Spring Training is less than three weeks away, everyone. And as baseball season approaches, so will the inevitable discussions on specific team names and whether or not they should be eventually changed.
The talk has been bubbling up for decades, but pressure has been increased lately – partially thanks to the lack of decorum emitted daily by Washington Redskins owner Dan Snyder.
Personally, I do not find the Indians, Braves and Chiefs to be offensive or racist. Redskins? I’m not even going to try and defend that one.
But I don’t get to be the one that decides what is offensive. As a white male, I am not qualified to determine what is deemed as racist towards the Native American population. But I do know that if the sports team in your region has an offensive ring to a specific cross-section of this country’s citizens, you’d better listen to their concerns.
That being said, I’d like to propose that the Cleveland Indians officially retire Chief Wahoo.
Making that call is no easy task – I grew up a rabid fan of the Tribe. I still have vivid memories of the old Cleveland Municipal Stadium, with a giant Chief Wahoo resting atop the stadium wall over Gate D. I’ve owned many ballcaps with his smiling face as the sole logo. I love the guy.
But he’s totally offensive. I can’t make an honest argument that doesn’t end with the realization that it’s a pretty bad caricature.
However, that’s where I’d draw the line. The Indians name itself must be kept the way it is, and not just because it doesn’t cross a threshold of taste.
In 1897, a young man by the name of Louis Sockalexis made his major league debut with the Cleveland Spiders pro baseball team. Birth records from that era were not very professional in that era – Sockalexis was listed as a caucasian man – but there is little doubt that he was baseball’s first Native American major league player. Like Jackie Robinson and Larry Doby, his time in major league baseball was marred by ugliness from fans. Racial slurs and mock war dances were a common sight.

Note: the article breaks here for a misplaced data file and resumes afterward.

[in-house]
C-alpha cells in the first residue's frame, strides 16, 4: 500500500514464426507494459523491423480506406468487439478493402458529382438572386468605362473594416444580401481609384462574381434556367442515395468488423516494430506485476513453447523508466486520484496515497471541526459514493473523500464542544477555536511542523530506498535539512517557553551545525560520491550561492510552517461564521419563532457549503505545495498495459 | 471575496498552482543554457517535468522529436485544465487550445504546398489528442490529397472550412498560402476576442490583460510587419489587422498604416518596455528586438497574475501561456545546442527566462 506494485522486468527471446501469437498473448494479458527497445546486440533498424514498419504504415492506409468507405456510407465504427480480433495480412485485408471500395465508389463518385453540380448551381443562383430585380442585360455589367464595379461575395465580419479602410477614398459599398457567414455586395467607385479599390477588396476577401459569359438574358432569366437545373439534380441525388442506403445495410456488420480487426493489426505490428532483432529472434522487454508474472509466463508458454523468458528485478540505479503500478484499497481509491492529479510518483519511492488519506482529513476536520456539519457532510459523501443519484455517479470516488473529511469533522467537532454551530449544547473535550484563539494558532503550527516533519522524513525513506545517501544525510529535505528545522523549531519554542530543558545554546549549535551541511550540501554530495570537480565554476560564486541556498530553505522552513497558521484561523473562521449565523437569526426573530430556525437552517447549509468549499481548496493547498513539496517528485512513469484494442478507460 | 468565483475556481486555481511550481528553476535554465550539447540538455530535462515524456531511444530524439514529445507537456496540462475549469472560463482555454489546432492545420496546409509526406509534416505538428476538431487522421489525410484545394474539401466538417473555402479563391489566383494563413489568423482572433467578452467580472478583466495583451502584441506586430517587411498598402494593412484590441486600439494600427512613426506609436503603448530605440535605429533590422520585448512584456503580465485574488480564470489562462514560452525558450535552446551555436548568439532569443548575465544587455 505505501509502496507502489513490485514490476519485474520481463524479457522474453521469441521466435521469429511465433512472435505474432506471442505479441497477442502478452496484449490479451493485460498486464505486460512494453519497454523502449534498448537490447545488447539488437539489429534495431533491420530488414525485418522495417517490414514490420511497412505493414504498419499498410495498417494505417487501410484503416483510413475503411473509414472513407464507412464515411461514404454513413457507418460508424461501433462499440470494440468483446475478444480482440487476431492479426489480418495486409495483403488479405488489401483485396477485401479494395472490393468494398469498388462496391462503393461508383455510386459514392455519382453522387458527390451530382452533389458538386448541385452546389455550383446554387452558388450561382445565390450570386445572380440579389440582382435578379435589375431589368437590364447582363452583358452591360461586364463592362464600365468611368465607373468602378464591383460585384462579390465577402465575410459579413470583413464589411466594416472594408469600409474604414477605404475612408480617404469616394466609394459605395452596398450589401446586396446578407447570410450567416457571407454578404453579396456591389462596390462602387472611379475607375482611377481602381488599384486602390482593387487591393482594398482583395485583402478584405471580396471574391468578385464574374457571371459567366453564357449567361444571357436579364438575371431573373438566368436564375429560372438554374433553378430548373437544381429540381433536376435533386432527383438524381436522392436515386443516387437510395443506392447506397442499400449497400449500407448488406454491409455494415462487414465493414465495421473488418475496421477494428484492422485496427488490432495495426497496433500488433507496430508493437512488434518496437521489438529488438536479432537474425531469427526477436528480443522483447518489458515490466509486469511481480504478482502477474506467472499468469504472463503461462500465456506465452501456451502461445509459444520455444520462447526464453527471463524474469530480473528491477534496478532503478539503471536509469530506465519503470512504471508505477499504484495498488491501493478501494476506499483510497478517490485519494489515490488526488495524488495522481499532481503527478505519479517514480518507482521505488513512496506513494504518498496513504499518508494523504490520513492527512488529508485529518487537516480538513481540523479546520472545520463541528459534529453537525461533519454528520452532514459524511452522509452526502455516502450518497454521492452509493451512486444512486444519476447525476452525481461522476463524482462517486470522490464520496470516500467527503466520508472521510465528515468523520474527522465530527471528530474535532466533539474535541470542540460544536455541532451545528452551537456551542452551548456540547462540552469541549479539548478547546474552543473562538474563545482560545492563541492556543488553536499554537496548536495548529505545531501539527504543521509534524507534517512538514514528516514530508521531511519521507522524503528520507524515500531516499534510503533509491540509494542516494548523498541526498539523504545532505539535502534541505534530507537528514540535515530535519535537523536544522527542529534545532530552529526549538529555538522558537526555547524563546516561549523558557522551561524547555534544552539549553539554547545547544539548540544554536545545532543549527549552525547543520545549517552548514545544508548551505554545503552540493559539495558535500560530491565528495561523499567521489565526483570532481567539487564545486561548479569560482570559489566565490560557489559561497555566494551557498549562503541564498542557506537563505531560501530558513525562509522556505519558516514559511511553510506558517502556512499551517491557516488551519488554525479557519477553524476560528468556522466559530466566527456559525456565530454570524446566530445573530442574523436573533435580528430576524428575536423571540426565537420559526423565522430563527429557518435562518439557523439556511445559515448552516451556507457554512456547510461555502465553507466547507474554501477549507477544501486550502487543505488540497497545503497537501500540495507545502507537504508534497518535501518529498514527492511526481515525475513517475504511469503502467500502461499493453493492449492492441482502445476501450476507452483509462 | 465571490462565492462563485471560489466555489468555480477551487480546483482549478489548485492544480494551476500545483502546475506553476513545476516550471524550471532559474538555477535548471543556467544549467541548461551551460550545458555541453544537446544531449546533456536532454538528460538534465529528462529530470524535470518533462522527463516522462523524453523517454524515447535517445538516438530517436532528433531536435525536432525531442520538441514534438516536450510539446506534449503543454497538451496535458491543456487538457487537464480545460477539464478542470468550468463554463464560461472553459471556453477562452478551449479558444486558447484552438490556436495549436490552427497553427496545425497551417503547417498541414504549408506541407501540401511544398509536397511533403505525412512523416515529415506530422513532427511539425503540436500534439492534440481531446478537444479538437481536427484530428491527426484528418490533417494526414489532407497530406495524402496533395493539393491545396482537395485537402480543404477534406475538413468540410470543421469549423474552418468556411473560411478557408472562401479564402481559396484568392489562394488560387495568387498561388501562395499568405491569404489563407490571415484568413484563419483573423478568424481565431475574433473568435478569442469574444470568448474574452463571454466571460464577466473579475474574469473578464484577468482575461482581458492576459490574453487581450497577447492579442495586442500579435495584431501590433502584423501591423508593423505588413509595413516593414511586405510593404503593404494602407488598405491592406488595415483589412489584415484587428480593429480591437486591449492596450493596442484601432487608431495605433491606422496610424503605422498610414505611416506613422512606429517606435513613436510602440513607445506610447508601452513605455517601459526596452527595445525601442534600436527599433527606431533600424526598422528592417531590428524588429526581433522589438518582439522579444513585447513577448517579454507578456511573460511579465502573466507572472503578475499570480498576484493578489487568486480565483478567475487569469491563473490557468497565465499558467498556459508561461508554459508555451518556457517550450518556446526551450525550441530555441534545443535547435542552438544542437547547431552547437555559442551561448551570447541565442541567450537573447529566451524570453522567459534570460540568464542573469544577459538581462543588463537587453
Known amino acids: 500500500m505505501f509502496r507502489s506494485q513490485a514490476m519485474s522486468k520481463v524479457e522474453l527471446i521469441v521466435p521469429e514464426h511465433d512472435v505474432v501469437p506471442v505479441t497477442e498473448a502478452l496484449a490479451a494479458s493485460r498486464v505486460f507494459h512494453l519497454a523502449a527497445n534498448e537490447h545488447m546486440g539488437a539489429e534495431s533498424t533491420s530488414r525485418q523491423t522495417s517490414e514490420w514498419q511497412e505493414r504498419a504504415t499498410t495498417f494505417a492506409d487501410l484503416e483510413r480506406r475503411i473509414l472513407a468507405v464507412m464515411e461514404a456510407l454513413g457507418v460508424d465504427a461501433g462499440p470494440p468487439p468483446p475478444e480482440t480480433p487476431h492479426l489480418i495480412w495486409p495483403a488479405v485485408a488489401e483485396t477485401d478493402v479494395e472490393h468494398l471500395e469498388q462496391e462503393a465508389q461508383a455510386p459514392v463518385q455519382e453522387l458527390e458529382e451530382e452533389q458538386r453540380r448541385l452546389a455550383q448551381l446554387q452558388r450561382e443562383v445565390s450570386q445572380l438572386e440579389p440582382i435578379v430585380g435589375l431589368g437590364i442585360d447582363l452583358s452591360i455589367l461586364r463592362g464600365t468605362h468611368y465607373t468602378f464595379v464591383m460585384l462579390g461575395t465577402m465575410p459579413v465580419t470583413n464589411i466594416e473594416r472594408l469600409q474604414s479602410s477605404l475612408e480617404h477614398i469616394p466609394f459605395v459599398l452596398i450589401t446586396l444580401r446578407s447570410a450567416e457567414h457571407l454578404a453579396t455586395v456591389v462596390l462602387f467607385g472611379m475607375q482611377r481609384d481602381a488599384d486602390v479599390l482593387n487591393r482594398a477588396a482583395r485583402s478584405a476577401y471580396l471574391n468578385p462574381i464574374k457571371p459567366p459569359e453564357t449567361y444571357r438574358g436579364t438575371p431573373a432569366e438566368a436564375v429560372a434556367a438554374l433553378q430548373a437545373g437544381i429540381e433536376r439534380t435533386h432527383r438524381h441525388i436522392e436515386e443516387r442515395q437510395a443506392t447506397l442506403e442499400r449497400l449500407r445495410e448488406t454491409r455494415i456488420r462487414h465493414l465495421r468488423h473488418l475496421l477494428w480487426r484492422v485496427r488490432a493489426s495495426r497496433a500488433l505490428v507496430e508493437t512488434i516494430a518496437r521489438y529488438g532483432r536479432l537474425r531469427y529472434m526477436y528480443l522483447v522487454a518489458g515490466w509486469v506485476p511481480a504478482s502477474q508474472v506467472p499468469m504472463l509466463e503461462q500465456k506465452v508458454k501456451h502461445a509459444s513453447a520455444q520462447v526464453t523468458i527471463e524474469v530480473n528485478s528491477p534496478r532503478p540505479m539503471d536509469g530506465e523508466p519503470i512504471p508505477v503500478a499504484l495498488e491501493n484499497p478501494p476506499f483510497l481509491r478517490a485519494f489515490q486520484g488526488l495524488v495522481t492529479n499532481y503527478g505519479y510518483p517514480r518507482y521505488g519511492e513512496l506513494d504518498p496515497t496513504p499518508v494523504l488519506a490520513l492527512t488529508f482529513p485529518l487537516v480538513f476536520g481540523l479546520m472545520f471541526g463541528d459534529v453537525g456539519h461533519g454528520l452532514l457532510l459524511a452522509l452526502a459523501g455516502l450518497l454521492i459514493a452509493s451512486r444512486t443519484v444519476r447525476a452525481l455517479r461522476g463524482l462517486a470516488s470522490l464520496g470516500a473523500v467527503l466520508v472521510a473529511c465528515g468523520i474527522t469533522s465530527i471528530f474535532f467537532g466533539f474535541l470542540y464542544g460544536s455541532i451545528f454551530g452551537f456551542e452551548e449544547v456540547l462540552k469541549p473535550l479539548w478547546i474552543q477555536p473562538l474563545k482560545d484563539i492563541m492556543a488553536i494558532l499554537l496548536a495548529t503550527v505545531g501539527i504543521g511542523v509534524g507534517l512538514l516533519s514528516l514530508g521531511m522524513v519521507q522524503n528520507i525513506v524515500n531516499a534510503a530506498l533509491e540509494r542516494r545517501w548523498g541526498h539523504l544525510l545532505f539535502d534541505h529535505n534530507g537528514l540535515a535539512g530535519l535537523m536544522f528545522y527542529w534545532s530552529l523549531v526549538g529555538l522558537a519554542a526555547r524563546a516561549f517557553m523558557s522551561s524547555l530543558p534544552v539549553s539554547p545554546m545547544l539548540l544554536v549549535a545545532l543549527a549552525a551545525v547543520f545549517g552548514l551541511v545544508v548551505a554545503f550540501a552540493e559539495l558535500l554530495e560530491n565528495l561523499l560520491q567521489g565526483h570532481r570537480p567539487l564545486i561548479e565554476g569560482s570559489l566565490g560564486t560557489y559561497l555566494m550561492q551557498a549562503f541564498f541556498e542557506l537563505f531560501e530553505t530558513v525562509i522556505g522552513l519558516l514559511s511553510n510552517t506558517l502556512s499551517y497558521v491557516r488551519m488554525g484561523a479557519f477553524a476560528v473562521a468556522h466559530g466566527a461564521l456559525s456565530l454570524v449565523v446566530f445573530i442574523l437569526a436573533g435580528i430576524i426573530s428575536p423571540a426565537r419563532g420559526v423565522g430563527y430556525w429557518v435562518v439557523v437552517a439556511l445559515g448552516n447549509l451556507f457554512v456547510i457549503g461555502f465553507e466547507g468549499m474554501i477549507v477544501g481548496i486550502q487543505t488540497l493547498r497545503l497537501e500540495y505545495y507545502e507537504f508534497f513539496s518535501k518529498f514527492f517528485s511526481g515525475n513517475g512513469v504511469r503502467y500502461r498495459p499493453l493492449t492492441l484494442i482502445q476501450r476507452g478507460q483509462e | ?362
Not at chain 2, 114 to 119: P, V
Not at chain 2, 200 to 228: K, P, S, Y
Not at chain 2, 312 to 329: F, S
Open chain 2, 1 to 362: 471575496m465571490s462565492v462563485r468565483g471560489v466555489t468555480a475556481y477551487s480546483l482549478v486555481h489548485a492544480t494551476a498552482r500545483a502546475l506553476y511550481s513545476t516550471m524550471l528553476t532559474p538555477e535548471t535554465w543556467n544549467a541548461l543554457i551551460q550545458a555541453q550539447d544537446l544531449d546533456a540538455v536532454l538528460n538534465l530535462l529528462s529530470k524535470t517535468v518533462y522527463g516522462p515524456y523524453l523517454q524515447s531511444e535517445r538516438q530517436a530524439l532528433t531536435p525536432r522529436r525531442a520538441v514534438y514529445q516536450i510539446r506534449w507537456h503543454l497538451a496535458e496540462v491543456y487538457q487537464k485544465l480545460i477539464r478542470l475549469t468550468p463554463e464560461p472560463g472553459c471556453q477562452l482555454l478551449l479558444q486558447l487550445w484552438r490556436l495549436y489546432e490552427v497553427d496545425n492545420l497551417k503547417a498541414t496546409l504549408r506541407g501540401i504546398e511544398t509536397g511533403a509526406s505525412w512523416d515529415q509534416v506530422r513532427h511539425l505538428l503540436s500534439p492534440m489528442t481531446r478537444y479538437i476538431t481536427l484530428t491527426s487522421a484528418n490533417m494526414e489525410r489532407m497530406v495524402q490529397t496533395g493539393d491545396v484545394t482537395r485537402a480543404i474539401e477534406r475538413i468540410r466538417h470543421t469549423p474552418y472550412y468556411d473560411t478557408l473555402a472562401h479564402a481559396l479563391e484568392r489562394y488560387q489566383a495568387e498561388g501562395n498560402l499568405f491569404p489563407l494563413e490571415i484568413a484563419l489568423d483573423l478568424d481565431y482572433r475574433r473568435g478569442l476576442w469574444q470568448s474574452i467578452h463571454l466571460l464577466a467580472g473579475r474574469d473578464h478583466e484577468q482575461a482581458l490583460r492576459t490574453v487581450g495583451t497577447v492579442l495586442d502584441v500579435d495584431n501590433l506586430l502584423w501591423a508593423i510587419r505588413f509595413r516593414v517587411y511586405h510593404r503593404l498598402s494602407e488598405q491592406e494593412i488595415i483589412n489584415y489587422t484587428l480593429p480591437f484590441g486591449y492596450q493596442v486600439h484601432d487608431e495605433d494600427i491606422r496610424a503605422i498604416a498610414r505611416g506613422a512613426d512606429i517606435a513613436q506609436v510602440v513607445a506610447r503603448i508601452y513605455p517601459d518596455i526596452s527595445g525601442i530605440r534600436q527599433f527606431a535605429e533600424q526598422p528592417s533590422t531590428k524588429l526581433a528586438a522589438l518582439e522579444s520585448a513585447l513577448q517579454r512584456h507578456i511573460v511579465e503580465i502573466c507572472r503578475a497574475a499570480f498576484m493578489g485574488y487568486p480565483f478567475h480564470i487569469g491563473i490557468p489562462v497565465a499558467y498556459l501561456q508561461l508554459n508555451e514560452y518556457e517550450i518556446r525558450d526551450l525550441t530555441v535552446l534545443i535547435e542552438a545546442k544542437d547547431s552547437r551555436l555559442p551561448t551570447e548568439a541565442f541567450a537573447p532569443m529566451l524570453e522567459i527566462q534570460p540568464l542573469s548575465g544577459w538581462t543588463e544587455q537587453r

Sockalexis didn’t handle the attacks well, and it affected his off-field life. As a result, he only played a total of 94 games in a three-year career.
He died in 1913, and the Cleveland franchise changed their name two years later to the Indians (they had gone through nearly a dozen names prior to the current one). The legend of why they went with the Indians name has changed multiple times, but the prevailing theories are that they were (1) following up on the successful Boston Braves name, and (2) selecting the name that the opposition often referred to the Spiders during Sockalexis’ time.
The Sockalexis era of Cleveland sports is only memorable in that he was the first Native American to play the sport, and the Indians name carries that legend with it.
Keep the name, Cleveland. But lose the Chief Wahoo logo.
Oh, and Dan Snyder? You’re a dumbass. Dump the Redskins name.